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Alleged Encounter with Virgin Mary Apparition Causes a Stir in Uganda

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By Tim Binnall

In a bizarre situation unfolding in a Ugandan village, an alleged encounter with a Virgin Mary apparition has inspired thousands of pilgrims to descend upon the site, much to the chagrin of authorities who are trying to thwart the spread of the coronavirus. The strangeness reportedly began earlier this month in the community of Minako, where Philister Lekuru claims to have spoken with the spirit of the Holy Mother. According to the witness, the apparition told her to begin fasting and also to stay inside her home until the spirit returned with further instructions later this month.

While Lekuru has dutifully followed those directives, it would seem that her account of the encounter escaped the walls of her home as word of the remarkable incident quickly spread throughout the village and nearby communities. For reasons which even the witness cannot explain, the rumor mill has become fixated upon an avocado tree on Lekura's property where several individuals say that they have also seen the Virgin Mary. These secondary sightings have seemingly spawned something of a sensation in the region as now thousands of people have started flocking to the location in an attempt to see the spirit in the tree.

Details surrounding what exactly those claiming to have seen the Virgin Mary in the tree have actually witnessed are scant at best, although one media outlet indicated that observers have said that the spirit "keeps turning her face around with half open hands like one welcoming people home." In response to the furor growing in Minako, the head of the local Catholic parish has been investigating the matter. However Fr. Moses Apangu's work has so far largely consisted of collecting as much information about the sightings as possible and not rendering any kind of verdict as to their veracity.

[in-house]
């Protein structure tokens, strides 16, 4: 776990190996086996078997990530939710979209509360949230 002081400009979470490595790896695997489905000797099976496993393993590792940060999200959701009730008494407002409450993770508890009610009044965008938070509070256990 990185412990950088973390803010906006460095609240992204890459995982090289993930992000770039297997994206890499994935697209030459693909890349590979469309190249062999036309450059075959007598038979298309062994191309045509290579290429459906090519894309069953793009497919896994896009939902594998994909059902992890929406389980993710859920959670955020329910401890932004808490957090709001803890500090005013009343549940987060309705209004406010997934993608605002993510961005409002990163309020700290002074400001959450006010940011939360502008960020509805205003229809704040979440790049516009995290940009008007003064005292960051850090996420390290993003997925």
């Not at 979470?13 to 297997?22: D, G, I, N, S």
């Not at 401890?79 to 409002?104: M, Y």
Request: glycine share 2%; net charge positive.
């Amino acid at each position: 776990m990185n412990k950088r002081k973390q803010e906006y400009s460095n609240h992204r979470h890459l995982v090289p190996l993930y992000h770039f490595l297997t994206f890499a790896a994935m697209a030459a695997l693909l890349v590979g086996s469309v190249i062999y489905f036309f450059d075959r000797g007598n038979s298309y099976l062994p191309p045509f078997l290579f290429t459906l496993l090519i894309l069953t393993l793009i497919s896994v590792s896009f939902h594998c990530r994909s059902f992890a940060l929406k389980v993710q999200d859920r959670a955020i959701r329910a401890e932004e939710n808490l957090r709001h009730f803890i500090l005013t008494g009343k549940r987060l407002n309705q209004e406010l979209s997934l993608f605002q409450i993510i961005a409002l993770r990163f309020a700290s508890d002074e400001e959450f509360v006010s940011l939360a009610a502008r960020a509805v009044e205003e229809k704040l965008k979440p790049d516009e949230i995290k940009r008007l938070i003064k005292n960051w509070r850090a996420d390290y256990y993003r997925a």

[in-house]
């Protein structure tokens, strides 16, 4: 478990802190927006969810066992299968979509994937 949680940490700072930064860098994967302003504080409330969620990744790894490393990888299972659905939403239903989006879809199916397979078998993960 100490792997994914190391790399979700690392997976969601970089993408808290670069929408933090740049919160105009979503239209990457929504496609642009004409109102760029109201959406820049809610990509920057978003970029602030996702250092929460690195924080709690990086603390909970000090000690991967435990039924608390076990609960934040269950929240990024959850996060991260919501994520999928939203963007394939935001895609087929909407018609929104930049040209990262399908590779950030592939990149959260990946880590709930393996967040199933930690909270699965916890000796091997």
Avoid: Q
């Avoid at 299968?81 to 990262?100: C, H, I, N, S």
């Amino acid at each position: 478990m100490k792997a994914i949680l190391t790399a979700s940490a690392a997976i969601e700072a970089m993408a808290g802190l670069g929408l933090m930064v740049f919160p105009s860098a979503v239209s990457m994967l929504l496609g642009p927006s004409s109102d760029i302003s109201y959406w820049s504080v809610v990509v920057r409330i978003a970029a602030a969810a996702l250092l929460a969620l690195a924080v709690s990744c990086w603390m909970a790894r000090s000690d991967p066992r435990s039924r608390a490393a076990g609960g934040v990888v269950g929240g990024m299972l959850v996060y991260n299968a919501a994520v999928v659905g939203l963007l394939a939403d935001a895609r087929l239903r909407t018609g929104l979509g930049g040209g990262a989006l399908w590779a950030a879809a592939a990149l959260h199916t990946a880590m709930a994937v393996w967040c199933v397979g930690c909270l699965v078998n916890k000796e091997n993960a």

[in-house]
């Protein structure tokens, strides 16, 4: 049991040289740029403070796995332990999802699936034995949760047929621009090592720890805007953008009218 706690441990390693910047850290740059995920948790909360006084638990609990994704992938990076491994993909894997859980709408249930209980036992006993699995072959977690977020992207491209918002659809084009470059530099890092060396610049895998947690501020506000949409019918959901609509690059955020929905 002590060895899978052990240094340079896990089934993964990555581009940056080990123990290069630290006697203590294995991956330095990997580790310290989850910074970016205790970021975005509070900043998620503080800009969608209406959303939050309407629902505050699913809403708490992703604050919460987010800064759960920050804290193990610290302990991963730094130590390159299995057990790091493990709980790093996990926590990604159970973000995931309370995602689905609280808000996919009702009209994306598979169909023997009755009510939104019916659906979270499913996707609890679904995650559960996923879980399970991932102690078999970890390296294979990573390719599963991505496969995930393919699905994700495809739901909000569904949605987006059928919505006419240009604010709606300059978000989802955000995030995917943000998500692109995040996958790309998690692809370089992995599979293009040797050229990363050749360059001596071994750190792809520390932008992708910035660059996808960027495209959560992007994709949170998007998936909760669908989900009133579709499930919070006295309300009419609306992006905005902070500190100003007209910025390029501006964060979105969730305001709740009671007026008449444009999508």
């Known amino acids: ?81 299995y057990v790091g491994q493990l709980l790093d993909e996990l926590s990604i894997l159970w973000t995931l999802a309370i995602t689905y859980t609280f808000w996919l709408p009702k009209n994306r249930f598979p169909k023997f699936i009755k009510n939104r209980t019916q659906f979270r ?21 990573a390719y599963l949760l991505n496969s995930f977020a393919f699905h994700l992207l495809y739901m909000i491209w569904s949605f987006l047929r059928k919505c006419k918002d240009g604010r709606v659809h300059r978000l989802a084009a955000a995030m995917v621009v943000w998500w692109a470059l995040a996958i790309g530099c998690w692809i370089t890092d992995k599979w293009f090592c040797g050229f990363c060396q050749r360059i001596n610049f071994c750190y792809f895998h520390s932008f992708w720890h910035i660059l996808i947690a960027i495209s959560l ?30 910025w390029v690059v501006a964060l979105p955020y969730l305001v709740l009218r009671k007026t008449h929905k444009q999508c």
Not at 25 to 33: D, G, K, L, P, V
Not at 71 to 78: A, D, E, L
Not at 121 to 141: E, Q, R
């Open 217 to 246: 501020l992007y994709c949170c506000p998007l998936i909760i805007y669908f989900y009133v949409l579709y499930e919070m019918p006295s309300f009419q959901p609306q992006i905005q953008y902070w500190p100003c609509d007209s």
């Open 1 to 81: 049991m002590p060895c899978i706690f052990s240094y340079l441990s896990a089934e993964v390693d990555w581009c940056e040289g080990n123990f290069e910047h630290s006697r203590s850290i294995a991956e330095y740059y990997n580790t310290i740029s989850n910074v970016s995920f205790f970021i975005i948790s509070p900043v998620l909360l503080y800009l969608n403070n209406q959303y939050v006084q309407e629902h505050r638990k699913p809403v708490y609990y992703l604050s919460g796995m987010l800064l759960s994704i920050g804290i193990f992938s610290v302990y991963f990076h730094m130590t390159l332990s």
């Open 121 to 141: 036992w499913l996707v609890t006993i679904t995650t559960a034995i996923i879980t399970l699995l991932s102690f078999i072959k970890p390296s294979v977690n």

Be that as it may, Apangu expressed dismay at what he sees as a disrespectful attitude exhibited by some visitors to the site. "Those who come here, all of them should have been in prayer mood and in devotion," he said, "but some take it for curiosity and entertainment and that is very wrong because matters of faith are not to be joking with." While Apangu's consternation is spiritual in nature, local authorities have their own concerns about the situation as they are finding it increasingly difficult to put a stop to the enormous gatherings of visitors at the site, some of whom are coming from the neighboring Democratic Republic of Congo, and fear that these assemblies will exacerbate the spread of the coronavirus.

Alas, an attempt to quell the commotion by declaring Lekuru's property off limits to visitors has proven futile as determined individuals are now venturing to the site during the overnight hours and by way of paths created through farmland rather than via the roads. As one can imagine, this has only compounded the problem as now area farmers are irate at their crops being destroyed by the wave of furtive pilgrims. Fortunately for everyone, the entire strange affair may be resolved soon as the scuttlebutt among the faithful is that the apparition is set to depart on Sunday, suggesting that there will likely be one last surge over the weekend before the visits come to an end.

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